What will be more interesting to me is when, in addition to duplicating events that already take place in the real world -- concerts, cafes, conversations, carnality, casinos, clubs -- we start thinking about what connections (sorry) are possible in virtuality that we have NOT experienced in reality.
Almost all media go through a stage of emmulation where what we do is "the new version of the old thing on the new medium." So, with radio, we had people simply reading on the radio at first. And in TV, early TV broadcasts were just one camera pointed at a stage. Old media content interpreted through the new technology.
Which is what we've got here with S. Vega. She gives a concert in RL... maybe it's recorded. Maybe it's broadcast. OK. We have the tech (to some extent) to now replicate that in SL. So let's do it! Let's mock-up various other media experiences using different media. Fun stuff, yes. But still...
And that holds true for much of what happens in SL. Houses look like houses, built on land that looks like land. People do dances that look like dances in clubs that look like RL clubs with obnoxious, bad lighting straight out of disco and Vegas movies. Why? Because we are still in the emmulation phase. A very few (very good, imho) designers and players do "different things with the different tools." They're pushing not a tech envelope but an art envelope, a design envelope, a social, creative, experiential one.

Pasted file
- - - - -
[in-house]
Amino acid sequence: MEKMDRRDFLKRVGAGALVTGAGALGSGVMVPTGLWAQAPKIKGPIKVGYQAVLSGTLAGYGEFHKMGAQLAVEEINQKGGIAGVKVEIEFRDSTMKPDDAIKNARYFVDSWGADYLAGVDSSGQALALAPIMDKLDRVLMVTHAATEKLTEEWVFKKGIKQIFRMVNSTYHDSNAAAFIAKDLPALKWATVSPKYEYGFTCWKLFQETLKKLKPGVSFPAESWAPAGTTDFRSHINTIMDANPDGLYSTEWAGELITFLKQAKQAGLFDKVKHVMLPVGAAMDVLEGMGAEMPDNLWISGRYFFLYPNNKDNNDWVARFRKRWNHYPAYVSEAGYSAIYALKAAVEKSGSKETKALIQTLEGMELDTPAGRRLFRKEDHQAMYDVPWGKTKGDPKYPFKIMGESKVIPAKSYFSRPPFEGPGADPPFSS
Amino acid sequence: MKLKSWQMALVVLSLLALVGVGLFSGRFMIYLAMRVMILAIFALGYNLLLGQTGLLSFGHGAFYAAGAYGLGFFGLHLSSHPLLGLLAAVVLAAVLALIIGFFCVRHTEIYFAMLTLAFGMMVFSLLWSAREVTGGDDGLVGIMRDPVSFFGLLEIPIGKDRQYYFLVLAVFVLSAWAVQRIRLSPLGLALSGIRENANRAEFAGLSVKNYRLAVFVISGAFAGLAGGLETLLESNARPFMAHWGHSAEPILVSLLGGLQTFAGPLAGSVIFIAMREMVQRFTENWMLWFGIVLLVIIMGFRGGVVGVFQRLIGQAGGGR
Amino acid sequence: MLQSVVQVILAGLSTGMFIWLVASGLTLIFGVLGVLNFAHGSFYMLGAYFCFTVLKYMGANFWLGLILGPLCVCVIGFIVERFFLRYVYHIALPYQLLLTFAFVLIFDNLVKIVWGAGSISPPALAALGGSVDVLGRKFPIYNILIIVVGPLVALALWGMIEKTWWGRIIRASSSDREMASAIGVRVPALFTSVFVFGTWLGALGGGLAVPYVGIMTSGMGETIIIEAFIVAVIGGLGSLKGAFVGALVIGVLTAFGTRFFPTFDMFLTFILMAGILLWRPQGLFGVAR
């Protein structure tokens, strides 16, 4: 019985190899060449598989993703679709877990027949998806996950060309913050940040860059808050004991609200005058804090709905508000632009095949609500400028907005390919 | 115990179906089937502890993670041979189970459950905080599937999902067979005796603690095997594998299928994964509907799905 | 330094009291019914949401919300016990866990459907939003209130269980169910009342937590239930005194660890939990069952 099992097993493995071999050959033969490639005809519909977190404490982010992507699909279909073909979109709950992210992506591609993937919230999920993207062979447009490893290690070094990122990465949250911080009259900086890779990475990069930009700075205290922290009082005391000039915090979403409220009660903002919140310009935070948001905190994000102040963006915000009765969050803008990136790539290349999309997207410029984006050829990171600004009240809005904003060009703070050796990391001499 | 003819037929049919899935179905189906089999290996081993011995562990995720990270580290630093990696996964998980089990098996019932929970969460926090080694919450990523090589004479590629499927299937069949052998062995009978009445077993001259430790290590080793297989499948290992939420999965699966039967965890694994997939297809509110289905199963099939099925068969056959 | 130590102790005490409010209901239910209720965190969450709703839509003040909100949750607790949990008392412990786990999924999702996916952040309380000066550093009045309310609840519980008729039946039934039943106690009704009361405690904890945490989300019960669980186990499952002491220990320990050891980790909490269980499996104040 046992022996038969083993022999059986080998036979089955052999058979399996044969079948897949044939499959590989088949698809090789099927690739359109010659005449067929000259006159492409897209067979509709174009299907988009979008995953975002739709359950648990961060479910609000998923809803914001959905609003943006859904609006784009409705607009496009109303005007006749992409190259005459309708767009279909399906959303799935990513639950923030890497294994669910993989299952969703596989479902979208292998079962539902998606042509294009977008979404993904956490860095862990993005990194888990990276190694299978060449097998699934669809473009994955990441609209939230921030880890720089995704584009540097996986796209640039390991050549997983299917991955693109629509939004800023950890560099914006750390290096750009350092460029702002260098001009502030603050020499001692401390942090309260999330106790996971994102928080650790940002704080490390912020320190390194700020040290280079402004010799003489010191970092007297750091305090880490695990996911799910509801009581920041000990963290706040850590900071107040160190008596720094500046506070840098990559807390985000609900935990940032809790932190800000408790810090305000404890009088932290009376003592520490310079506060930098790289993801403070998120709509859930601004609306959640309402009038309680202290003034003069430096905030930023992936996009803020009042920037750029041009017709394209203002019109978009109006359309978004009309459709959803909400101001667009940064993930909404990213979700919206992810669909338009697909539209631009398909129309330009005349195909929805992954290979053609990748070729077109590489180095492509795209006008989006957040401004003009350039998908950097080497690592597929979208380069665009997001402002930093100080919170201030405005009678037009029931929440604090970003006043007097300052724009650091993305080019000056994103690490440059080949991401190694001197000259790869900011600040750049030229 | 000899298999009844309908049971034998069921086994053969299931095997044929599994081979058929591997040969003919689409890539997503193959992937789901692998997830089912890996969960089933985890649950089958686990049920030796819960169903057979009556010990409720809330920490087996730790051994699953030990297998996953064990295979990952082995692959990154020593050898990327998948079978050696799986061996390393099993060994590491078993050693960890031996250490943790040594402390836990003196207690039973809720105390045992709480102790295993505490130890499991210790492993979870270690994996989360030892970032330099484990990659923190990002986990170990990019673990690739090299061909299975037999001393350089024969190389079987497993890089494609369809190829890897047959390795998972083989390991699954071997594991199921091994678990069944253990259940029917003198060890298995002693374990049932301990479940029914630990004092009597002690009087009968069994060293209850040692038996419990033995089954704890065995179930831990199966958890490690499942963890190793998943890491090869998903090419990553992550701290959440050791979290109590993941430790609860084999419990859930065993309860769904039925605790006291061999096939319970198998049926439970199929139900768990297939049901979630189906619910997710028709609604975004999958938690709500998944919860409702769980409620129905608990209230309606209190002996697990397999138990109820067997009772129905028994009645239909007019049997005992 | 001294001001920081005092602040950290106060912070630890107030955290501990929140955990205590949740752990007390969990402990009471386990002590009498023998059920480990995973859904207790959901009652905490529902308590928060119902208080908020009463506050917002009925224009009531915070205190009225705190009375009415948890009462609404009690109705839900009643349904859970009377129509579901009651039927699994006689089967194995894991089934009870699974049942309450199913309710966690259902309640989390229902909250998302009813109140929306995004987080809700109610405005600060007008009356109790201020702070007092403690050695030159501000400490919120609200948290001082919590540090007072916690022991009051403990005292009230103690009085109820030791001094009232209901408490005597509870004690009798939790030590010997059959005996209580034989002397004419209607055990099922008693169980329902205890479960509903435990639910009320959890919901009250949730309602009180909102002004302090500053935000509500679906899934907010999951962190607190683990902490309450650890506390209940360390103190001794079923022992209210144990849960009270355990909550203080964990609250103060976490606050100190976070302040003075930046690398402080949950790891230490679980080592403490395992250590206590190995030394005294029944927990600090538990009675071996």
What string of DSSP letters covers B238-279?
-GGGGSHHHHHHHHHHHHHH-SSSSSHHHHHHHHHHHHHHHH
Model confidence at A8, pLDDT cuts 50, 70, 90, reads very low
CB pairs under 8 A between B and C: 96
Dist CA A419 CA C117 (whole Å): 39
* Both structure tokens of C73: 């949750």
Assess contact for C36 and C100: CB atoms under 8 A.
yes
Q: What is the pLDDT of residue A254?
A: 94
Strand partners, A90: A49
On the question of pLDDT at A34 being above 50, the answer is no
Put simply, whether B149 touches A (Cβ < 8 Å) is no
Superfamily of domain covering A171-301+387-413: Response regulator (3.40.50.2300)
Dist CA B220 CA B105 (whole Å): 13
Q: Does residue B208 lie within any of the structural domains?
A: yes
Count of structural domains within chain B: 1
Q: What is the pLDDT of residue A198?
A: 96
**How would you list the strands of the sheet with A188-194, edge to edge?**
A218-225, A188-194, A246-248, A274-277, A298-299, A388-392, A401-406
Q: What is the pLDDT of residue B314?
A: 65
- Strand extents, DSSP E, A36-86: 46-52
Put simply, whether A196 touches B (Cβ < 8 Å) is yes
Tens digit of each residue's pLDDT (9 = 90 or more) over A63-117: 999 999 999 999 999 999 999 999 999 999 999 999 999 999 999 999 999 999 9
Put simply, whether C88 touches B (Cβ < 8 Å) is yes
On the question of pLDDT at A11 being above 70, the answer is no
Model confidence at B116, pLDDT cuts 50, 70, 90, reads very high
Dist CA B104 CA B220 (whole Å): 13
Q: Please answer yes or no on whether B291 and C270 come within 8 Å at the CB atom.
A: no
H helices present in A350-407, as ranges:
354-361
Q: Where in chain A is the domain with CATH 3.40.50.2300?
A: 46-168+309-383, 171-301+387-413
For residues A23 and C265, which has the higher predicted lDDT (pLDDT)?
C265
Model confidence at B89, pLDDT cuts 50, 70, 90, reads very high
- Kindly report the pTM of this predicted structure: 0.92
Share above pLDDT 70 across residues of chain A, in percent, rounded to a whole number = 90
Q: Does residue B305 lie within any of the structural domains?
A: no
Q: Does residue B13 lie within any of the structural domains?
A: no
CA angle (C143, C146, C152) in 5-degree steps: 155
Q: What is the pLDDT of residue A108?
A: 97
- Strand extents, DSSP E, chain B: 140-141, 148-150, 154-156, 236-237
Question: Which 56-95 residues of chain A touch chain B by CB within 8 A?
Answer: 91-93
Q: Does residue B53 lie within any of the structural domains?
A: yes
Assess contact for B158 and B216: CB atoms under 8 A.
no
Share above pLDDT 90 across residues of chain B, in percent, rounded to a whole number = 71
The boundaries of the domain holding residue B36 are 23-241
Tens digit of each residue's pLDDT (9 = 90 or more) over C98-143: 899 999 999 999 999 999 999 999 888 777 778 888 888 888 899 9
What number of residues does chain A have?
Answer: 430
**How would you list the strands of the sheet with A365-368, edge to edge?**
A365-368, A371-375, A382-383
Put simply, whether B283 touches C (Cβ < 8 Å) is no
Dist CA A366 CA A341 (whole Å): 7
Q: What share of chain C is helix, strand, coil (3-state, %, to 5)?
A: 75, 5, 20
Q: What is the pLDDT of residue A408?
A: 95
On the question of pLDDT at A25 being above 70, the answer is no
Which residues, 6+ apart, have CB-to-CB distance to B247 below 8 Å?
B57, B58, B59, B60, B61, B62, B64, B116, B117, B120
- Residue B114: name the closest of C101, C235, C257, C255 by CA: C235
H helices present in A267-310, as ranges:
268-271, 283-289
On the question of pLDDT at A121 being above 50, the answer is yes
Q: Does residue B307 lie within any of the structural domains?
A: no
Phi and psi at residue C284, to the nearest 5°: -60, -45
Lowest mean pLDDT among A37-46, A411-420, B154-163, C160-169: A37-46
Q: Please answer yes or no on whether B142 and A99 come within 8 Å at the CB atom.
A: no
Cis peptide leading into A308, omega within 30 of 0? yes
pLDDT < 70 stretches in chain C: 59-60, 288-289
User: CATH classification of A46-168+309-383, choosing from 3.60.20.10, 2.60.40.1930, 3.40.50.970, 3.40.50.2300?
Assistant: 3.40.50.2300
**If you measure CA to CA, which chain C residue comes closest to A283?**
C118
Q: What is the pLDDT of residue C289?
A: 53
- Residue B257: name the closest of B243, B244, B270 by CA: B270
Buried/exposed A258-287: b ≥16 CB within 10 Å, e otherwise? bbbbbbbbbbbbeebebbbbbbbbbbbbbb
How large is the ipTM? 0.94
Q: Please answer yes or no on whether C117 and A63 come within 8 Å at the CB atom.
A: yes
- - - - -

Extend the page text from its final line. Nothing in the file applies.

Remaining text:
So... here's the question: instead of a limited, small-audience, somewhat buggy, no-hoochie-hair mock-up of an event that emmulates a RL club concert... what COULD Suzanne Vega do in SL that she CAN'T ever do in RL? What sorts of things are available with those tools that are just impossible in RL? Kapor touches on it in his epiphinal speech... but is it really all about "camera angles" and simultanaeity of record/edit/broadcast?
One idea to get the ball rolling... maybe I could have seen what the SL crowd looked like from Suzanne's avatar's perspective? A "you are the performer" mode.
Posted Aug 22, 2006 12:56:29 PM | link
Andy Havens > One idea to get the ball rolling... maybe I could have seen what the SL crowd looked like from Suzanne's avatar's perspective? A "you are the performer" mode.
Check out this video of Suzanne's guitar being built in SL. Live creation, programmed self-assembly, and audience participation in making sets is also new and beautiful.
Posted Aug 22, 2006 1:44:36 PM | link
I always feel like a naysayer when responding to these posts, but then again, I suppose the post itself was a bit of a naysaying post.
First off, of course, Vega's appearance is far from the first event of its kind. There had musical events; Habbo had musical events, and so on. And going back farther, of course, "celebrity" appearances in virtual worlds have a long history.